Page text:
because I am in a state of bewilderment over the constant
negative comments I am hearing from the media and reading on
blogs at many news websites around the United States about this
important speech. When
I tuned in and heard…really heard every word the Senator spoke
on this issue "Race", I got clarity regarding my own
feelings on the entire issue.
“My Lord” he went to the core of the problem didn’t
he, and I commend him for doing this????
with this being said I must share with you how we (myself and
Todd) felt about this issue, and I beg you to forgive me for
being blunt and for your understanding.
At the end of last week when Mr. Obama denounced and
rebuked the words of his Pastor "Minister Wright", we
simply felt dreadful; we felt he had become weak, and we felt he
had betrayed Pastor Wright and many who attend (as they in the
media and many call it) “The Black Church”, all across
America, and even the black race.
We felt he needed to take the time to address the core of
the problem “race” and even religion; and about HOW countless
sermons in the black church are delivered. We felt the
attacks Senator Obama was undergoing was not only on him, but on
the entire race as a whole, and we felt this needed to be
remedied immediately! We were
relieved on Tuesday morning when it was announced that the
Senator planned on speaking to America on "race" and
important speech Senator Obama delivered allows us to talk about
this very apparent racism problem; and allows us to confront this
issue at its core, especially since we are descendants and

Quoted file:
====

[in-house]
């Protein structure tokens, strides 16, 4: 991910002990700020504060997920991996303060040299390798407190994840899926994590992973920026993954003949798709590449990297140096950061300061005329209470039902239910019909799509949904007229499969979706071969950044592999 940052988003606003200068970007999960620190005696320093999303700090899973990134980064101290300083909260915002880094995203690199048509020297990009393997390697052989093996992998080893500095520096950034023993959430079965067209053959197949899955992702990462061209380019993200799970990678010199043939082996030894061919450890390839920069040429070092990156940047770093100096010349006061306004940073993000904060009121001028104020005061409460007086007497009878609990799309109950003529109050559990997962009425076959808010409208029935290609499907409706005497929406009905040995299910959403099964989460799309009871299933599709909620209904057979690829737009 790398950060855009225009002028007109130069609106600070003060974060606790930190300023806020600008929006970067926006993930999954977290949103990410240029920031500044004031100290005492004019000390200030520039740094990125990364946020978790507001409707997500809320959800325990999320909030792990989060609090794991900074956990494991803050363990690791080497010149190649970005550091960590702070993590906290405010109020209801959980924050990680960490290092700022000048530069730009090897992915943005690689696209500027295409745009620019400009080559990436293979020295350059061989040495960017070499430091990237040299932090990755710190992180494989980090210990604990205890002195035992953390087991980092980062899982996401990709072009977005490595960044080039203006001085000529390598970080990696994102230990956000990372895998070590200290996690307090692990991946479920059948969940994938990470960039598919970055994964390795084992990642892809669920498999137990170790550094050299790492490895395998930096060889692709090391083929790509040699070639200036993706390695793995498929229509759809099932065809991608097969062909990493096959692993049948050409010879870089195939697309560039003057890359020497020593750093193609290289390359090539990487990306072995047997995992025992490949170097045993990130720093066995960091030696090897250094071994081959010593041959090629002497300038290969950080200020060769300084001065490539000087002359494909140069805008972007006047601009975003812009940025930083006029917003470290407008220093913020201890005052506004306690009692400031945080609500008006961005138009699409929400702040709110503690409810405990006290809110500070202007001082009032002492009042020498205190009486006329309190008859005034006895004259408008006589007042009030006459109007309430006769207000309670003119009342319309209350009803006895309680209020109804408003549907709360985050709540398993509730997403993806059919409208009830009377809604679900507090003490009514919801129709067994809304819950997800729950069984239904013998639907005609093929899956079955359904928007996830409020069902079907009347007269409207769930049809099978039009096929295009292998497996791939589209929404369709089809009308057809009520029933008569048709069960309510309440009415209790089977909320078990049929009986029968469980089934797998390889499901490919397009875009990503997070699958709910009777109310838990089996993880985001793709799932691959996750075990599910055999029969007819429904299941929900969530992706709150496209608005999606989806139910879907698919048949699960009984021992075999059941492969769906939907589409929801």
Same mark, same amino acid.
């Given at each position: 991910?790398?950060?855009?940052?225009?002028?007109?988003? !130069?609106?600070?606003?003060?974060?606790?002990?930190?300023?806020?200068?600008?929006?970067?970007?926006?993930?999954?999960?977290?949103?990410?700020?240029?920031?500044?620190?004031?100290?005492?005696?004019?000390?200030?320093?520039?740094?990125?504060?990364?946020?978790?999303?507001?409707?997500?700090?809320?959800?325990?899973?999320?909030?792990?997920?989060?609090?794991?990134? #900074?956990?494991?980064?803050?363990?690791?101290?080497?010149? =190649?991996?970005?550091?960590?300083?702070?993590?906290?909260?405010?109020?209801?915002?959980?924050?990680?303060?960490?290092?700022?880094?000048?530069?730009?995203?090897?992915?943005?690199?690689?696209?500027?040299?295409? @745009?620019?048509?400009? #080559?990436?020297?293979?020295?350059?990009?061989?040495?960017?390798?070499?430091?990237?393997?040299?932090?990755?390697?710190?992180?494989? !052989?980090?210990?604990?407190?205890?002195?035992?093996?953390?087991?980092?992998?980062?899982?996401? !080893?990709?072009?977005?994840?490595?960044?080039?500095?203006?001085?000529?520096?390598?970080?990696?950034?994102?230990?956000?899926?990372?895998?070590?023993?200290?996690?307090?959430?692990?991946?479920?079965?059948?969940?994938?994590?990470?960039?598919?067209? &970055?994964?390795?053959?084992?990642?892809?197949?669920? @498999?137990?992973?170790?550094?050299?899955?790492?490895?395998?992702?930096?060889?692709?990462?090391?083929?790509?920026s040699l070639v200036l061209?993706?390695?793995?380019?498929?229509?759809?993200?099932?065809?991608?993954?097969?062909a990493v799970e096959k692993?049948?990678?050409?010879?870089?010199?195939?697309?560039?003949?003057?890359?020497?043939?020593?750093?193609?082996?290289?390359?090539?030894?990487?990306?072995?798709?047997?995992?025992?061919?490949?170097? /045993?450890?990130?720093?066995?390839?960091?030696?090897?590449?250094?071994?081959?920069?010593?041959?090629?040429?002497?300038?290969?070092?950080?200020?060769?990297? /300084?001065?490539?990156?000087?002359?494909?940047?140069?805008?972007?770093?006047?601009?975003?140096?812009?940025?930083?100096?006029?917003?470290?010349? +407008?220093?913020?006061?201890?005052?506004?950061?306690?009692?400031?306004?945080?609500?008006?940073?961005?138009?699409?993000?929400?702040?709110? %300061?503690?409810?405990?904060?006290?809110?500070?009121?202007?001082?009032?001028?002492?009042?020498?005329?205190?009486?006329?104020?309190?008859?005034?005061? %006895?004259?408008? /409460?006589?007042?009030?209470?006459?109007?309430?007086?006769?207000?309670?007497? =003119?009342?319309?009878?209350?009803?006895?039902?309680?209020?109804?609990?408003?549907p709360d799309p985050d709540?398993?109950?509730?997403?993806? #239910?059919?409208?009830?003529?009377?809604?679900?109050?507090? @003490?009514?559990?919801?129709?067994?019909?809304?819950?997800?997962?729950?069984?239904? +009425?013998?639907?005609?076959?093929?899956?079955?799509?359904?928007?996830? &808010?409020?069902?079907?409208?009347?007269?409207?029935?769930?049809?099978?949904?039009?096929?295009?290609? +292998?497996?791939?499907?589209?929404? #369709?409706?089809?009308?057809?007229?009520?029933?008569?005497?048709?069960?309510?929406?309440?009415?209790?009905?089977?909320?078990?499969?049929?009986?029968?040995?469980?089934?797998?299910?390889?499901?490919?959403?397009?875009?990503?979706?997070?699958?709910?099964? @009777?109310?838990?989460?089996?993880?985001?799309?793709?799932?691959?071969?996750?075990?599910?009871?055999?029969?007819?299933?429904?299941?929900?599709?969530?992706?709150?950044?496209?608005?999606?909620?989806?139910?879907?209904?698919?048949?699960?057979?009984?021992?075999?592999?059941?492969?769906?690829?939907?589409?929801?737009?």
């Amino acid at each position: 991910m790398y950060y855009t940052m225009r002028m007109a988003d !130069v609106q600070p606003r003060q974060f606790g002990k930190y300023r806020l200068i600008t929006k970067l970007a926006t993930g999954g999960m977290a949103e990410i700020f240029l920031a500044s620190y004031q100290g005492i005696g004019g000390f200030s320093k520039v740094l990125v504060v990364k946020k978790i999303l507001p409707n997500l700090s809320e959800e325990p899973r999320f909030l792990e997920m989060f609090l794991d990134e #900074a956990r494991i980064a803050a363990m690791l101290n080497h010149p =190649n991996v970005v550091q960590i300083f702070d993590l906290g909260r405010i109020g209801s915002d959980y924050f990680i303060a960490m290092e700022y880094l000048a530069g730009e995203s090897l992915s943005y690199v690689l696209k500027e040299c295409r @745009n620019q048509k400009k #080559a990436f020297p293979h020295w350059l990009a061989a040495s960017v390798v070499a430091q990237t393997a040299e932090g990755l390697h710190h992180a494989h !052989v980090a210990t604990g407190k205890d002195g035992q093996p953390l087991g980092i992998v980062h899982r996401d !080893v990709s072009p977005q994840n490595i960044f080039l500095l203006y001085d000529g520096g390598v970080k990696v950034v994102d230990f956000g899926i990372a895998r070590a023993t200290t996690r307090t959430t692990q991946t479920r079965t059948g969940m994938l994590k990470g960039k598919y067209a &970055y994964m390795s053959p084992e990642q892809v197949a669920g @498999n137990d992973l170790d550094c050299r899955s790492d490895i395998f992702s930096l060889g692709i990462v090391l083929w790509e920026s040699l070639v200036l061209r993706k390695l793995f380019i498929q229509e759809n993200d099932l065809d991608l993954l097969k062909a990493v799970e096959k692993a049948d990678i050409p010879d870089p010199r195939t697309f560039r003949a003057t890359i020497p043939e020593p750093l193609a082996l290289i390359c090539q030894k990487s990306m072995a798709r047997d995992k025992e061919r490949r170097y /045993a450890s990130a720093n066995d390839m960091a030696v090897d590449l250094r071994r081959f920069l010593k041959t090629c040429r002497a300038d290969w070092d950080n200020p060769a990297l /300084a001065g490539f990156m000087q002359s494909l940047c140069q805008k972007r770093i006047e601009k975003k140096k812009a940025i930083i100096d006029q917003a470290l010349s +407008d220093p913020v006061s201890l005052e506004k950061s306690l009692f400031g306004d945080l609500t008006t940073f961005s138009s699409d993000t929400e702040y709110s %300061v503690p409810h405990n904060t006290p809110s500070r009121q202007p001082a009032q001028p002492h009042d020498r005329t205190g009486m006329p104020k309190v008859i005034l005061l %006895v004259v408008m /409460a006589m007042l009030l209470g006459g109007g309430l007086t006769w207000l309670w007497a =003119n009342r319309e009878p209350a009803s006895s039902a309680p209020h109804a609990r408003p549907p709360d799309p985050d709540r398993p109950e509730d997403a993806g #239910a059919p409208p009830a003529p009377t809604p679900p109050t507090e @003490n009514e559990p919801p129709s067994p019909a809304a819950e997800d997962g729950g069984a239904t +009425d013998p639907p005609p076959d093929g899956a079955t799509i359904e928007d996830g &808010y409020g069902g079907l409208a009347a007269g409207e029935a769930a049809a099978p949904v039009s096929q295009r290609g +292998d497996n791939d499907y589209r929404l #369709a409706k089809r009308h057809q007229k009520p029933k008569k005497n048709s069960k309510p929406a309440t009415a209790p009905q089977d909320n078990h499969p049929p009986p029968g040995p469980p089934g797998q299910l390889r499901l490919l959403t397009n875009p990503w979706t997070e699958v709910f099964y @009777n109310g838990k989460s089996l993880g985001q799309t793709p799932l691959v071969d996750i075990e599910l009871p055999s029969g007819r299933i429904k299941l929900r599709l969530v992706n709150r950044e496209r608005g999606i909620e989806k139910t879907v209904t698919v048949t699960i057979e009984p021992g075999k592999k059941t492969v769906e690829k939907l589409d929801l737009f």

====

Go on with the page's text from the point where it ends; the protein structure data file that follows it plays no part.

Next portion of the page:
even survivors of slavery, the Jim Crow era and the struggle
throughout the Civil Rights era. Many have stated this
speech opened up the racial wounds, but unbeknownst to many the
wounds were never closed, and have been wide open for years upon
years throughout the history of America. After all
African-Americans have been enduring racism throughout the
history of America, and most recently as early as last
year. Let's not forget about the (1) racial, derogatory
and assaulting remarks made by radio host Don Imas about the
Rutger University Female basketball team; (2) about the
injustice of the "Jena Six"; (3) the amount of folks
that marched for equal justice on November 16, 2007 outside the
Department of Justice; and lots of other racial problems many
have had to face in the last few years. YES, a great number
of folks have been the victims and are hurt, bitter and can't
seem to mend, and YES these issues are discussed in the
"black church". One must remember that the civil
rights movement began in the "black church"!!!
we may lose some of our on-line family by discussing this
issue, but we must because it is very disturbing and it seems we
are still in oppression and there is NO Freedom of Speech since
many in America are dictating what the "black church"
can and cannot do. The "Black Church" is the
only place "one" can go where "one" can talk freely and honestly,
to let "one" burdens down"", to discuss problems
whether it be about race or issues at work , at home or even
life, a place "one" look to for upliftment, and a place
and freely talk about politics. Of course, there are numerous
issues we may not agree with that is preached in our churches,
but we attend because it is one (1) place we go to get the
upliftment we need to take us through this difficult life; and the
members, the Pastor and the church on a whole is indeed part of
our extended family. Therefore, it bothers us about
the shock many in the media are expressing on their programs and
many on blogs about the "black church", just pulling
it apart and dwelling on the Senator needing to disown his
RETIRED Pastor and separating himself from his church!!!